Yeah, there’s usually a lot of subtext in tributes, but almost everything today has honest and unvarnished. Also, anyone who scores a sliding header is clearly a bit special.

Frank Lampard’s pre-match interview

[Is this as hard as it’s been at Everton?] Maybe Crystal Palace at Goodison last season [when they came from 2-0 down to win 3-2 and stay up] was the hardest because of the jeopardy of the game. That’s the situation I did come into. We have to keep working – there has been pressure and noise this week, and that happens in Premier League football, it happens at Everton. Fortunately I’m tough to that, and I’ll get on with my job, and the job tonight is to play a really strong team and try to get through to the next round.

“Dominic [Calvert-Lewin] felt some fatigue during the game against Brighton and specifically the morning after. We had a long chat yesterday, and the medical team’s advice – and Dominic’s feeling – was that for him to play 90 minutes would have risked an injury.

[How much do you need a result tonight?] I dunno. In the normal sense of course, because it’s the FA Cup, and there’s pride and there’s history, and we’re Everton. I want us to perform well, that’s my main concern.”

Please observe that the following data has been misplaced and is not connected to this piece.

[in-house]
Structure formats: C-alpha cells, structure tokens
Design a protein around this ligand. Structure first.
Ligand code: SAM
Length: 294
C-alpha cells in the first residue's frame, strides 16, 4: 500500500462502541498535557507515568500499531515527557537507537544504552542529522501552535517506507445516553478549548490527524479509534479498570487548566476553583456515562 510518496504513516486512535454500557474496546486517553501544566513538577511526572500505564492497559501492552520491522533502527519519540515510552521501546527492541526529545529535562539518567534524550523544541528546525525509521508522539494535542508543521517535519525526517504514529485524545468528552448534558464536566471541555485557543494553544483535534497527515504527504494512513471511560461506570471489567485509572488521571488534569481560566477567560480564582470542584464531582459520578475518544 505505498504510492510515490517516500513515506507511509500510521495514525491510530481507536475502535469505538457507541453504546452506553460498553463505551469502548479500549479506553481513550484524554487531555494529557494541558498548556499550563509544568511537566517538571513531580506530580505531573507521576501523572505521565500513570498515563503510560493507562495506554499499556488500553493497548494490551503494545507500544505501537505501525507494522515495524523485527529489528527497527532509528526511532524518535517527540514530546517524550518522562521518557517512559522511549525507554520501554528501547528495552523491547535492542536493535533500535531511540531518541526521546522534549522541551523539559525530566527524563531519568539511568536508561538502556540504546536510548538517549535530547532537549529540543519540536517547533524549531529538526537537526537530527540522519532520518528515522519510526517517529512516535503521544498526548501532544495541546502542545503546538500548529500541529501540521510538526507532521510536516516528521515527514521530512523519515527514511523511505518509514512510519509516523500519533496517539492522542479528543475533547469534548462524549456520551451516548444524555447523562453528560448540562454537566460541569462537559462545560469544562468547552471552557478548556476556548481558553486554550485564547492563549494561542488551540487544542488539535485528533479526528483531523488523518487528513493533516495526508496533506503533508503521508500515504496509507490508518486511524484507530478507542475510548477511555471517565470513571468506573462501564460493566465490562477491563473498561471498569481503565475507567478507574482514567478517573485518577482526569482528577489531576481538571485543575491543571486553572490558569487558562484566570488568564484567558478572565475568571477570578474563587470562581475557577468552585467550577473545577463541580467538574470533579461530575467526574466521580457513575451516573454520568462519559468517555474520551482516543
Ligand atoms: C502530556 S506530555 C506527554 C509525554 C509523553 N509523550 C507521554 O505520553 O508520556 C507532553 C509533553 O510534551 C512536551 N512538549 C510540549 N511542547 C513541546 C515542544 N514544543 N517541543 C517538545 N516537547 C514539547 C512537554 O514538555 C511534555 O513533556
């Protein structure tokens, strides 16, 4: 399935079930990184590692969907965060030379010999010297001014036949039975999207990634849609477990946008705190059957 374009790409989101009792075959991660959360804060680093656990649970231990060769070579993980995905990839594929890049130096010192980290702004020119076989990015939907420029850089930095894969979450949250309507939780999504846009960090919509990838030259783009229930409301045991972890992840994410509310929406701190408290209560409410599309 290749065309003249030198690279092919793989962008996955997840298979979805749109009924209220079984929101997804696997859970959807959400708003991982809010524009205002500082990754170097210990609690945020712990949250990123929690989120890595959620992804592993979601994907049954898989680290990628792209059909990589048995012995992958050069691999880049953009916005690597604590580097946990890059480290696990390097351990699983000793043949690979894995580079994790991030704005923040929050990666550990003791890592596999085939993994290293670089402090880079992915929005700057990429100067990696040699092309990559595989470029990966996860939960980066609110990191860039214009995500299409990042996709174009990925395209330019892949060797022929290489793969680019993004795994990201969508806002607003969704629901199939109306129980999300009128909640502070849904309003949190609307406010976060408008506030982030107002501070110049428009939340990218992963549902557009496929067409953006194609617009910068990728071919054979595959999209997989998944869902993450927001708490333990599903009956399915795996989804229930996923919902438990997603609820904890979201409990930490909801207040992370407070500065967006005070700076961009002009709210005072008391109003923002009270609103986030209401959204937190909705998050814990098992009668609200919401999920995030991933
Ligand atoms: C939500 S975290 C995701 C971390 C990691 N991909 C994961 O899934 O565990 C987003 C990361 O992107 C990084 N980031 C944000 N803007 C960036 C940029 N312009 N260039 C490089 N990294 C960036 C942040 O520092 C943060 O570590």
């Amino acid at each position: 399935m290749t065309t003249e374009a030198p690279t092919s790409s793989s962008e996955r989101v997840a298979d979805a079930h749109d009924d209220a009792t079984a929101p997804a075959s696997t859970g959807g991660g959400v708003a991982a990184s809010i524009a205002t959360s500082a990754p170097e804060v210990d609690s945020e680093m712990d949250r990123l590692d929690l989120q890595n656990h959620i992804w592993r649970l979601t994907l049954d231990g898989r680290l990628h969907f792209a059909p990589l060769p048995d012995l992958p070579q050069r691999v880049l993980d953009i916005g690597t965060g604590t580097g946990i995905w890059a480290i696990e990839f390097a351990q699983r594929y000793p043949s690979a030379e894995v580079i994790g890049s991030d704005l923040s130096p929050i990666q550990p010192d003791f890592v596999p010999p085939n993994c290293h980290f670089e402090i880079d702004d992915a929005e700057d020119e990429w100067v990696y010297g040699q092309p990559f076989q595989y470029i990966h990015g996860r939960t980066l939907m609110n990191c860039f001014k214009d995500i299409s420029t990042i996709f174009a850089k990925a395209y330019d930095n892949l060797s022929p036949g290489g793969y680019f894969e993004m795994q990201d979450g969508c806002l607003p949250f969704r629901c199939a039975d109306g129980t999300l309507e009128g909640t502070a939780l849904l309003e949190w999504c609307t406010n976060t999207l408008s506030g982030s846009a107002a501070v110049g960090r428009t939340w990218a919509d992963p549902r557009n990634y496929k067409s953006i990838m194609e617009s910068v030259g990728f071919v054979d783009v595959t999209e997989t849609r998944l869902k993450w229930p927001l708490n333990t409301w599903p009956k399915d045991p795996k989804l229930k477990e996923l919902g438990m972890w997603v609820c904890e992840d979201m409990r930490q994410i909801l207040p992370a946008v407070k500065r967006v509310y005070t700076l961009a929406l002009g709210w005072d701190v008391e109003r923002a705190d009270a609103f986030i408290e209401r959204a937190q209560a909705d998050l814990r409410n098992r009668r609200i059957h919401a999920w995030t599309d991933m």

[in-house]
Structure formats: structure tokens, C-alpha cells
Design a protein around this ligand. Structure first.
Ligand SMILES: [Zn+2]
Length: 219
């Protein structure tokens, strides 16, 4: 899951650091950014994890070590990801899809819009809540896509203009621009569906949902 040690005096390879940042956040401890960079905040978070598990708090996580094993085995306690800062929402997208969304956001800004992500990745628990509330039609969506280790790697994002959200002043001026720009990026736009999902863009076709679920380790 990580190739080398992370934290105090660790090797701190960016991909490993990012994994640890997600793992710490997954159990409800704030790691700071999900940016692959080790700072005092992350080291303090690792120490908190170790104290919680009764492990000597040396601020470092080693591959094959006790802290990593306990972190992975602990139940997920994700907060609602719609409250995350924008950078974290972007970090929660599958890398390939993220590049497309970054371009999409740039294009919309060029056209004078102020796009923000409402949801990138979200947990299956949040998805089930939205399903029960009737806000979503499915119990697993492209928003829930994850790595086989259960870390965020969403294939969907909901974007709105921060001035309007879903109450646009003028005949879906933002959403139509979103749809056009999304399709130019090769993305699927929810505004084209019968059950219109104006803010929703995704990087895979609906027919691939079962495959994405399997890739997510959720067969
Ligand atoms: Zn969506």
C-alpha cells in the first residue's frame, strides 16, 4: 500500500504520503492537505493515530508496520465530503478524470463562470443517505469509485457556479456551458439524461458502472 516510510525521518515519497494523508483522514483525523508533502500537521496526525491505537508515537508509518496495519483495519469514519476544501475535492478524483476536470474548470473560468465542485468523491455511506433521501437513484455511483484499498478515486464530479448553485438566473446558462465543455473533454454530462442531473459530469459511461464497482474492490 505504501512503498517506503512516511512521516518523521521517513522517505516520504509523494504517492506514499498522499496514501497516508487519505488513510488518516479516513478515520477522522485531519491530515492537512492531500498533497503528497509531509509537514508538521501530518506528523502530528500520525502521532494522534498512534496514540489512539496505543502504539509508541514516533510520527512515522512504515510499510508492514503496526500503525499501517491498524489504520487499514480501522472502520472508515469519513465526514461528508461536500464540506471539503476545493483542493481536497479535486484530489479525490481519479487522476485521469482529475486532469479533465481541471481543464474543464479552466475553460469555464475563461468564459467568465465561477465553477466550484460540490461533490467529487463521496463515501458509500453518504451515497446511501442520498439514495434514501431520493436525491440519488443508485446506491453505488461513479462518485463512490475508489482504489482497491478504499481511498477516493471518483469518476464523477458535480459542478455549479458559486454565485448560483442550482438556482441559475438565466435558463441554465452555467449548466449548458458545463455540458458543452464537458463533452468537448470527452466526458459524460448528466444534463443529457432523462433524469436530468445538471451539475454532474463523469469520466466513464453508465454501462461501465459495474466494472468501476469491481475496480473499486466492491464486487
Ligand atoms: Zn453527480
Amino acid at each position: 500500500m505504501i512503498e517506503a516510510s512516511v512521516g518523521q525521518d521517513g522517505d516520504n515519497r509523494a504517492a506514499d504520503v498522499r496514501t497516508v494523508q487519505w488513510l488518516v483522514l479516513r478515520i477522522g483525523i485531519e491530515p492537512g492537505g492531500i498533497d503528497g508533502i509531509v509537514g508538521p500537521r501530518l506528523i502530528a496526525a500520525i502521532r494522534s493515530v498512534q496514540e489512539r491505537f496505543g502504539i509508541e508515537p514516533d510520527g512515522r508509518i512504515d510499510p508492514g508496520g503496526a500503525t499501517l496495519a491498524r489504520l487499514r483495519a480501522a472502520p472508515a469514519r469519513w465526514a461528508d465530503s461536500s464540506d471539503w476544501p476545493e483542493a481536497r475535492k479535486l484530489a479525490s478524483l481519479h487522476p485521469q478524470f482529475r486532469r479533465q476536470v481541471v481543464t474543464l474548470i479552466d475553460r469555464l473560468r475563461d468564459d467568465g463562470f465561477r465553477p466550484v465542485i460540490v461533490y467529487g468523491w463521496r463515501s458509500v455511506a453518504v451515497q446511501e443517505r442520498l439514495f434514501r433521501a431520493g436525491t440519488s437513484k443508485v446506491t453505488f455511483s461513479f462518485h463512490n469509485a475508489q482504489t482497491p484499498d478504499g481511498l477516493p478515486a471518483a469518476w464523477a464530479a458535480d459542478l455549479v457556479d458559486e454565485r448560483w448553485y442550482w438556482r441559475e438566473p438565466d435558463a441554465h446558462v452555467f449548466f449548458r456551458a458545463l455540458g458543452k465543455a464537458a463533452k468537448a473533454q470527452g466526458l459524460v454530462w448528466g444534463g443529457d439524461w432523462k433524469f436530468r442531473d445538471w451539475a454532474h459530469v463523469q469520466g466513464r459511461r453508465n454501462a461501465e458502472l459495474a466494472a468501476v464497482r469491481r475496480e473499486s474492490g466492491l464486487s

“Thanks for posting that clip from the 1983 game,” says Adam Roberts. “ I was stood in the left side of the Stretford End and the shot from Big Frank Stapleton was coming straight at me. Even sweeter was my best friend is an Everton supporter who loathed Lou Macari. Happy days.”

Well, was it loud as it sounds? A lot folk say it was behind only Barcelona, and maybe Ajax in 1976-77.

“Good evening,” says Jeff Sachs. “You deserve a weekend off.”

I need to do overtime so that I can afford to buy you this.